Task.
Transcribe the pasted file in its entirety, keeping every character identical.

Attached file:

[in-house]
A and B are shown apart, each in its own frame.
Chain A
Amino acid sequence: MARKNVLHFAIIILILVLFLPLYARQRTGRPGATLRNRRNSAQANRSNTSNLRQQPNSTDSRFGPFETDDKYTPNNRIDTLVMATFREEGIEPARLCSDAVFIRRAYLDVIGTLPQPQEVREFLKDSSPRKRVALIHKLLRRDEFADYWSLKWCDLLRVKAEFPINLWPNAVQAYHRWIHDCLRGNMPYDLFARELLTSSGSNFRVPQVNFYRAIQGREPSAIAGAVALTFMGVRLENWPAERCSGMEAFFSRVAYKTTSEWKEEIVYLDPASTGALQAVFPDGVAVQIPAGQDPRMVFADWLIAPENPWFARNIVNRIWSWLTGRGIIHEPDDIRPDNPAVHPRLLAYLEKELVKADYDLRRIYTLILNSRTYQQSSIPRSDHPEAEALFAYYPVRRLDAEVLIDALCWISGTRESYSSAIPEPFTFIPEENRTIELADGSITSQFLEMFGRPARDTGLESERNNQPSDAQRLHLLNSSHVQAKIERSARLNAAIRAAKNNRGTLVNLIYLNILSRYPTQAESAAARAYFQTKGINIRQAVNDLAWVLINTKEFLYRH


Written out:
[in-house]
A and B are shown apart, each in its own frame.
Chain A
Amino acid sequence: MARKNVLHFAIIILILVLFLPLYARQRTGRPGATLRNRRNSAQANRSNTSNLRQQPNSTDSRFGPFETDDKYTPNNRIDTLVMATFREEGIEPARLCSDAVFIRRAYLDVIGTLPQPQEVREFLKDSSPRKRVALIHKLLRRDEFADYWSLKWCDLLRVKAEFPINLWPNAVQAYHRWIHDCLRGNMPYDLFARELLTSSGSNFRVPQVNFYRAIQGREPSAIAGAVALTFMGVRLENWPAERCSGMEAFFSRVAYKTTSEWKEEIVYLDPASTGALQAVFPDGVAVQIPAGQDPRMVFADWLIAPENPWFARNIVNRIWSWLTGRGIIHEPDDIRPDNPAVHPRLLAYLEKELVKADYDLRRIYTLILNSRTYQQSSIPRSDHPEAEALFAYYPVRRLDAEVLIDALCWISGTRESYSSAIPEPFTFIPEENRTIELADGSITSQFLEMFGRPARDTGLESERNNQPSDAQRLHLLNSSHVQAKIERSARLNAAIRAAKNNRGTLVNLIYLNILSRYPTQAESAAARAYFQTKGINIRQAVNDLAWVLINTKEFLYRH